PART III: LAUGHTER, HISTORY, AND THE HOLOCAUST
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TWELVE: SURVIVING IN THE CORRIDORS OF HISTORY OR, HISTORY AS DOUBLE OR NOTHING
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In Smiles on Washington Square, we are told that Moinous, the protagonist, “makes no distinction, in his mind as well as in his life, between memory and imagination. That is perhaps why he has so little interest in facts” (Federman 1995, 12). In To Whom It May Concern, the letter-writing narrator claims that “historical facts are not important, you know that. Besides, they always fade into...
THIRTEEN: WHEN POSTMODERN PLAY MEETS SURVIVOR TESTIMONY: Federman and Holocaust Literature
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Elie Wiesel and Raymond Federman are almost exactly the same age, born a few months apart in 1928 (Federman in May, Wiesel in November). Both belong to the somewhat loose but increasingly used category of child survivors of the Holocaust, what I have called the “1.5 generation” (Suleiman 2002). Both Wiesel and Federman lost...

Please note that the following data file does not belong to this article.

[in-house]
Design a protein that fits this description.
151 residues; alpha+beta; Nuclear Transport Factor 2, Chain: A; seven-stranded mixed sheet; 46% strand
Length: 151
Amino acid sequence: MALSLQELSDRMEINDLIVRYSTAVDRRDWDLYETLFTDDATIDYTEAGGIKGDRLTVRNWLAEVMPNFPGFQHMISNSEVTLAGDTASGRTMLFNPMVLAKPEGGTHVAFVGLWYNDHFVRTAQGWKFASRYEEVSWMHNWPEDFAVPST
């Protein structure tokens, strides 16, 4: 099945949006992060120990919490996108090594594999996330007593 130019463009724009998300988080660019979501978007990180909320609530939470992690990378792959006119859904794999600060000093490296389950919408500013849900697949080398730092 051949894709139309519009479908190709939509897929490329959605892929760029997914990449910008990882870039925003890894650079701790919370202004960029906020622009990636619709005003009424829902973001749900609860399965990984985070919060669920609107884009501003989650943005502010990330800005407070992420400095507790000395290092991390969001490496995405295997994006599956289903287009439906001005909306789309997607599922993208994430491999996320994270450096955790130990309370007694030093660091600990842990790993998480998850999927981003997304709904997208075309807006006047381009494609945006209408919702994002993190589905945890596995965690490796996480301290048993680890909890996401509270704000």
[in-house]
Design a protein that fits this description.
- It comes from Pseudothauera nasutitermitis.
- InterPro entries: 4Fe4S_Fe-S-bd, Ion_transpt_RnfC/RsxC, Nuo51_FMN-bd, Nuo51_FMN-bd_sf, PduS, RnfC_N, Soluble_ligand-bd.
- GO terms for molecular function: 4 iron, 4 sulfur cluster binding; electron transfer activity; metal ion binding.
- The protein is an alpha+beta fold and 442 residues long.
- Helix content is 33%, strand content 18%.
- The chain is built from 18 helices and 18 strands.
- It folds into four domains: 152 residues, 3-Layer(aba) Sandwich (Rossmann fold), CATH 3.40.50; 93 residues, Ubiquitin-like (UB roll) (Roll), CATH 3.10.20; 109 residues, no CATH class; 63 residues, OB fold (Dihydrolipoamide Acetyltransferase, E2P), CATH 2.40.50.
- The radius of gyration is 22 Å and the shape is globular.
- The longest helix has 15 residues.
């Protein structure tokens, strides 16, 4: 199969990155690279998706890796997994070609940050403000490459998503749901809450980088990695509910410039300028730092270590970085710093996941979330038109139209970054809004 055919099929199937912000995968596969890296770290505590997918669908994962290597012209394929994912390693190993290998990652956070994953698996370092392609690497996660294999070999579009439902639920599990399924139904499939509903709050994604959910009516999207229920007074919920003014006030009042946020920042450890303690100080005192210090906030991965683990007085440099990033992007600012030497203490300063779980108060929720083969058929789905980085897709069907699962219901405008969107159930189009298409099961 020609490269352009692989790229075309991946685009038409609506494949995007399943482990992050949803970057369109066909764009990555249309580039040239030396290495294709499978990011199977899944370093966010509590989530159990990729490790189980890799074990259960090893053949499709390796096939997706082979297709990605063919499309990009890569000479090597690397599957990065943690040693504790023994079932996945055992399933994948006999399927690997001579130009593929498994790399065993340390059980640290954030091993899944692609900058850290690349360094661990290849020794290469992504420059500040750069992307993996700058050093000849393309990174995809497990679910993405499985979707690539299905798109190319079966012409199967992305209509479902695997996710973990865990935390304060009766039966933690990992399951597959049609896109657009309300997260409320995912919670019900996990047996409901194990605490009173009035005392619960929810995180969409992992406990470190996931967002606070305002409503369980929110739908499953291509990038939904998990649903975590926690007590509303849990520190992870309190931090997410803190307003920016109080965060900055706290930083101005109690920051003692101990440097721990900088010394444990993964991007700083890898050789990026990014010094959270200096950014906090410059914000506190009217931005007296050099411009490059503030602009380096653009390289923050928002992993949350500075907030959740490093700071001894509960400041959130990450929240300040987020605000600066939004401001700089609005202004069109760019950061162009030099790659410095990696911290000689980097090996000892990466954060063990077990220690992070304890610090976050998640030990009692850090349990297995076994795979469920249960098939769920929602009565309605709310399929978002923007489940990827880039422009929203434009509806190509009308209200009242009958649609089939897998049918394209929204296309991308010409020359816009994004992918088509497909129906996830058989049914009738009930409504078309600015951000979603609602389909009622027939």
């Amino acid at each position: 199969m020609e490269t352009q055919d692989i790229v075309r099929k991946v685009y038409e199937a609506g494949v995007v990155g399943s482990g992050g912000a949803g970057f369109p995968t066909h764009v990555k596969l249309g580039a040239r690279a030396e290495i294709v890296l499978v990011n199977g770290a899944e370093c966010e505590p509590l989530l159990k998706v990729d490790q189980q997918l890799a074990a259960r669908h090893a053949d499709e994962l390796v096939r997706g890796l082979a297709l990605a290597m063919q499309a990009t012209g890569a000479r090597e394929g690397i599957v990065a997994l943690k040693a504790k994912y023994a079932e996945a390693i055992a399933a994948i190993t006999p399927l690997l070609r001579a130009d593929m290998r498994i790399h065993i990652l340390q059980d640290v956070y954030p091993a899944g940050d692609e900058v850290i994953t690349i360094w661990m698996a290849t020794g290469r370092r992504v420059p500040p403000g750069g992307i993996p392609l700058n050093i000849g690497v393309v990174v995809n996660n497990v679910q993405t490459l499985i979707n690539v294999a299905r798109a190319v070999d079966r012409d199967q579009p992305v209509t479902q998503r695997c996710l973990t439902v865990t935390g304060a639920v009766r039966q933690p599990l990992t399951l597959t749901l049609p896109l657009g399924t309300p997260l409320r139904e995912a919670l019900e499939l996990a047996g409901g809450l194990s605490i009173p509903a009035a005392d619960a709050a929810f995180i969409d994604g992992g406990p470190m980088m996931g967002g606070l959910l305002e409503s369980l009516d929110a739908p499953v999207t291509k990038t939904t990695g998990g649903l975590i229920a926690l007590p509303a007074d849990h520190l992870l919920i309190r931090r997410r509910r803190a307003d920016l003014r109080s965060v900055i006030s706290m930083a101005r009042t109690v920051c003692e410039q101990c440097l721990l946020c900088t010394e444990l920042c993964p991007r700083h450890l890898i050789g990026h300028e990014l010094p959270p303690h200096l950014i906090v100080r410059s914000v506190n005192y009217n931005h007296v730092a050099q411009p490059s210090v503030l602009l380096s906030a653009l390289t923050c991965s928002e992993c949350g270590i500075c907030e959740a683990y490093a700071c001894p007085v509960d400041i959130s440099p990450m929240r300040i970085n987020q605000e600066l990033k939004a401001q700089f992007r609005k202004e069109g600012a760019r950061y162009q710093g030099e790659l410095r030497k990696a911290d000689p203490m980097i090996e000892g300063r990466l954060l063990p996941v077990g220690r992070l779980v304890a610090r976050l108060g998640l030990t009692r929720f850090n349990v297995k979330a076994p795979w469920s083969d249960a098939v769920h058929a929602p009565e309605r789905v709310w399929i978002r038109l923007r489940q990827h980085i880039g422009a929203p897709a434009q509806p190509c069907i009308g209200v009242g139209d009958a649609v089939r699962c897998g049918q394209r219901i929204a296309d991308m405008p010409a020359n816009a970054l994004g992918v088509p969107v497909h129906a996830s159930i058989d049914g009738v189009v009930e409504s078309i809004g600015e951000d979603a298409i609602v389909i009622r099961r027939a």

FOURTEEN: “IN BLACK INKBLOOD": Agonistic and Cooperative Authorship in the (Re)Writing of History
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Later in The Twofold Vibration (1982), the “old man”—who as a fictionalized Federman figure increasingly resembles the wise, paradoxical, selfcontroverting author at the age of eighty—clarifies the overall intention of the “closet” book he is writing, its celebration of freedom in the face of stark limitations: “[I]t’s precisely the fact of the [enclosed] physical text that promises a potential freedom...
FIFTEEN: COSMOBABBLE OR, FEDERMAN’S RETURN
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Unlike the classics, the moderns suspect that nóstos—Greek for “return” home, to a native space—is a misleading fi ction. Needless to say, we postmoderns are worse, for we insist that nativity, origin, “roots” already mark a point of no return. In other words, there is no place to go back to but a plurality of places, hypothetical and multiple geographies of the mind and soul. Furthermore, it is only in those “other words” that going back can be undertaken—in other images, voices, and...
SIXTEEN: FEATHERMAN’S BODY LITERATURE OR, THE UNBEARABLE LIGHTNESS OF BEING